CaptureUpdated reports are coming in on harvests around the world. The government projections in Argentina have changed dramatically over the past month. Earlier crop reports had projected a 30% decline in volume, but new reports now estimate only a 6% decline from the previous year. In Italy, an updated harvest report now shows that they had a much larger than previously reported crop in 2013, and now holds the title of largest wine producer in the world. Chile continues to report a significantly smaller crop than last year, while Australia and South Africa are expecting average returns.

This Coffee Shop article is an excerpt from the Ciatti Global Wine Grape Brokers’ Global Market Update (Volume 5 Issue No. 5). Here, we focus on the California section of the report. We also included the Buyer’s Corner. See the full report for global wine market update for countries including Argentina, Australia &New Zealand, Chile, France, Germany, Italy,  South Africa, and Spain.

California Market

The California bulk market has experienced some slowdown, especially in the central valley region. Inventories remain high on several varietals, and storage capacity will be at a premium. Crop estimate reports are mixed in California and it remains to be seen what effects, if any, the draught will have on the coming crop.

US sales continue to grow but reports seem mixed. Sales for premium wines continue to pace, along with solid growth for many brands. Value and economy brands show slower growth and even decreases, with the exception of foreign sourced bulk wines. Over the previous year, price increases at the lower end, along with less producer support and emphasis, could be a cause.

Ciatti listings of California available bulk wines have swollen to over 100 million liters across all varieties. The majority of this comes from the Central Valley, but a large percentage is also being carried from the coastal appellations. Pinot Grigio is tight from all areas. Cabernet Sauvignon demand remains solid and inventory is tight in the premium appellations, with more available from the California segments. All other varieties are readily available with Sauvignon Blanc, White Zinfandel and Red Zinfandel becoming a selling concern, as wineries see another vintage looming.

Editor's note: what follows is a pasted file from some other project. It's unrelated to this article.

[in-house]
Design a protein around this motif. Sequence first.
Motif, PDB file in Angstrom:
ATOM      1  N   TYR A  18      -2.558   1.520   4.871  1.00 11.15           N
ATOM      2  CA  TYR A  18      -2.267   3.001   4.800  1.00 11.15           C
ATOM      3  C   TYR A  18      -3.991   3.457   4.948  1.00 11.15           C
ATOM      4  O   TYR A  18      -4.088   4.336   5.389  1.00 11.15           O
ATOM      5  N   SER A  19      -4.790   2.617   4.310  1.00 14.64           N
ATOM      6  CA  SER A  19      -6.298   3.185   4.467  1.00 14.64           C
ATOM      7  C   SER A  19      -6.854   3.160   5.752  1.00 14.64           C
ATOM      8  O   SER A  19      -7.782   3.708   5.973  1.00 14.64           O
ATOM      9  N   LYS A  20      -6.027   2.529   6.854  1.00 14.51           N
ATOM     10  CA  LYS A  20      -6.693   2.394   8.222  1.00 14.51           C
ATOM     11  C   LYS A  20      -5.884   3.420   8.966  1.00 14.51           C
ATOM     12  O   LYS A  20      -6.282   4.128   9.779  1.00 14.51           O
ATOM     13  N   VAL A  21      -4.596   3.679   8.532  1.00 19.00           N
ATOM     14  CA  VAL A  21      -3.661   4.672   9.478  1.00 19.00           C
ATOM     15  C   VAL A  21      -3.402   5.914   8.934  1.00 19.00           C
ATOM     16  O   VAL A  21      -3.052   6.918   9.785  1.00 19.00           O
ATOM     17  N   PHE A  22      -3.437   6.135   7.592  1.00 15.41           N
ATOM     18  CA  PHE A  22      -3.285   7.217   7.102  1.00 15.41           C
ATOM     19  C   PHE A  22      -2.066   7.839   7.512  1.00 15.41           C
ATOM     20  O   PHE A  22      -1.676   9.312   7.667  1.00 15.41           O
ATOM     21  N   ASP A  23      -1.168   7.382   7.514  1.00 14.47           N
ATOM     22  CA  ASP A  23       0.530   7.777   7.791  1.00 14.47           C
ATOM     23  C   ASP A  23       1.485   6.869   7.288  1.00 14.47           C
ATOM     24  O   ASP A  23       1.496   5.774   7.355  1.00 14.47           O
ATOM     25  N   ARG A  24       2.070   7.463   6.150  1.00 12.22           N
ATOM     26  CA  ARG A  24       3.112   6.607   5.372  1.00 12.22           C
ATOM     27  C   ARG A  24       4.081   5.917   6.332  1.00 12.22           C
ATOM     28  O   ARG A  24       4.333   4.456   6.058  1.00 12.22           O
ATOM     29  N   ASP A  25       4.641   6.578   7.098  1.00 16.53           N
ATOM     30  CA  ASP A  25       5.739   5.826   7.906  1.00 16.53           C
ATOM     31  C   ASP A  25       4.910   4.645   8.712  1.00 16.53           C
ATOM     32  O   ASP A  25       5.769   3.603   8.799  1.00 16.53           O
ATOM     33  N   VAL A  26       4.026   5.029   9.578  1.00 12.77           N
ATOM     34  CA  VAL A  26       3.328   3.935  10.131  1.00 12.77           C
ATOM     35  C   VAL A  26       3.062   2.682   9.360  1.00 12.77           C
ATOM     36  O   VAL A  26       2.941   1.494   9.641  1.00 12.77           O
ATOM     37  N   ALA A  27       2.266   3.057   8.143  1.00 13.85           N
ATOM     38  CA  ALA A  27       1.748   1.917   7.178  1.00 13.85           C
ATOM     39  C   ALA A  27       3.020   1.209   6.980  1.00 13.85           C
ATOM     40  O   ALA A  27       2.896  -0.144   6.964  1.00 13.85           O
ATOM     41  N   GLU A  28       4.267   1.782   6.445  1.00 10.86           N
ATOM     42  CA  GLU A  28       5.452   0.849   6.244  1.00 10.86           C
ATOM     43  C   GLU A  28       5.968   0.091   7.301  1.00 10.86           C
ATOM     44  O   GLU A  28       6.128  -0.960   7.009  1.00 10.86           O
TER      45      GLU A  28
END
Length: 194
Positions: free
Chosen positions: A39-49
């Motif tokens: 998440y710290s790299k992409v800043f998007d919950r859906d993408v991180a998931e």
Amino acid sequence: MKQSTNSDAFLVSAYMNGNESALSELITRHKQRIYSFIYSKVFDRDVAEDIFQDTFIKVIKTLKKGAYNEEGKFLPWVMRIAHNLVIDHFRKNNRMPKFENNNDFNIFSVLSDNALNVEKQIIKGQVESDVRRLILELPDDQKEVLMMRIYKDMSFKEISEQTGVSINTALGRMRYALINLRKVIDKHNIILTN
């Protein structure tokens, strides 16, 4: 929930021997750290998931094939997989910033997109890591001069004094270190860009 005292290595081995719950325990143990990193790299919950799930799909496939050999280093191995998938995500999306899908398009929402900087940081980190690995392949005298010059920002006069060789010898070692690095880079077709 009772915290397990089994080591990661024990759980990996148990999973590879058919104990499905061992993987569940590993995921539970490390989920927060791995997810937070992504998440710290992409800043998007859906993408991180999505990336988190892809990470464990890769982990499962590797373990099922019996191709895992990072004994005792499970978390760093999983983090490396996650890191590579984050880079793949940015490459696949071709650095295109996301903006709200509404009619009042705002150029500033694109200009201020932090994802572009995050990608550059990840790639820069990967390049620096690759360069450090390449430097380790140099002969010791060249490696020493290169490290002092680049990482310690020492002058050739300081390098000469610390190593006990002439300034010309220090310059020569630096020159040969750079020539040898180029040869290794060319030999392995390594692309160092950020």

Figure 2

2014 crop reports are also mixed. Recently reported cluster counts of the interior region show decreases from last year for almost all varieties. Other reports from some field reps counter those decreases and are more optimistic. Obviously, the lack of water and crop sizing will be the real indicators during the coming months. Frost damage has been non-existent and our bloom period is currently progressing.

California Bits and Pieces

The potential of a west coast port strike in July has many wineries scrambling to ship containers quickly, in both directions, in advance of any stoppage.

Buyer’s Corner

“You can’t connect the dots looking forward; you can only connect them looking backwards. So you have to trust that the dots will somehow connect in your future. You have to trust in something – your gut, destiny, life, karma, whatever. Because believing that the dots will connect down the road will give you the confidence to follow your heart even when it leads you off the well worn path; and that will make all the difference.” – Steve Jobs (June 2005)

Perhaps we can look back 20 years or so, and see what the future holds…

Consumption: In the mid 1990’s the economy was booming, baby boomers spent freely on trusted brands, and wine was the favored alcoholic beverage of which we drank 179 million cases, or about 8.5 liters per legal age drinker. Today, the economy has been somewhat less robust (very PC, we know), baby boomers are watching their spending, craft beer and craft spirits seem to have captured consumer fascination, but we now consume 375 million cases, or about 14.5 liters per legal age drinker, so the business still looks good!!

Sales: Gatekeepers have always played a key role in what gets on the shelf and wine list. The past-favored trusted brands and family names; the rule today is Brands, Private labels and Control brands. The rate of change and the consumer preference is swift and unmerciful. In the Off-Premise channel, which is 80% of the market, the broad market dominance has been replaced by large retailers, clubs, specialty retailers and internet retailers, adding levels of complexity to sell, but significant opportunities to consumers to connect with wines from around the world. In the On-Premise channel, the cycle of products on and off the list is more rapid and the mark-ups have increased dramatically.

Wholesalers: While often cited as the bane of wineries existence, their life has been no picnic either. Constant consolidation and a plethora of new brands continue unabated. Twenty years ago the largest wholesalers had 10,000 sku’s, today 20,000 is common….in many cases brands just get lost. Even in smaller wholesalers the sku count has grown from 1,000 to 5,000! Thus, the decision of who should sell your brand continues to be a daunting task.

Producers & Importers: Additionally, let’s not forget the producer: Twenty years ago perhaps 25 – 30,000 sku’s existed, while today over 125,000 crowd the shelves and more follow each day! Combine this with the huge increases in craft beer and spirit brands, and the shelf becomes a battleground for your brand.

…So finally, while challenges exist, the bandwagon continues to roll on, and the market adapts!!